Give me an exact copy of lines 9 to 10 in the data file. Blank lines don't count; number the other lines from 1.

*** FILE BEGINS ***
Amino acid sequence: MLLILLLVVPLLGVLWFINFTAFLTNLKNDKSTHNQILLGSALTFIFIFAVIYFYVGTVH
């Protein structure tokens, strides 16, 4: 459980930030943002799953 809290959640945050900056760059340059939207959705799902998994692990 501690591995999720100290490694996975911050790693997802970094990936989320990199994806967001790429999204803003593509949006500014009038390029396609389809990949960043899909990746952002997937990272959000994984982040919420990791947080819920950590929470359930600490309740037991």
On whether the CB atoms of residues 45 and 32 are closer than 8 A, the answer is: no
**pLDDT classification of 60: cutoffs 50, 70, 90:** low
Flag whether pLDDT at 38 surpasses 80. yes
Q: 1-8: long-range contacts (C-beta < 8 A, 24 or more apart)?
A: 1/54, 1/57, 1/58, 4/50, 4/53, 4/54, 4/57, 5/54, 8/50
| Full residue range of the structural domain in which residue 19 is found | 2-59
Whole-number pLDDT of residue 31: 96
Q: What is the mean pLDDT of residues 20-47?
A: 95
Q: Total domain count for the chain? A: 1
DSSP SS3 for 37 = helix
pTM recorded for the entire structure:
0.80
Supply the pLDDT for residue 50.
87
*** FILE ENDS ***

Whole-number pLDDT of residue 31: 96
Q: What is the mean pLDDT of residues 20-47?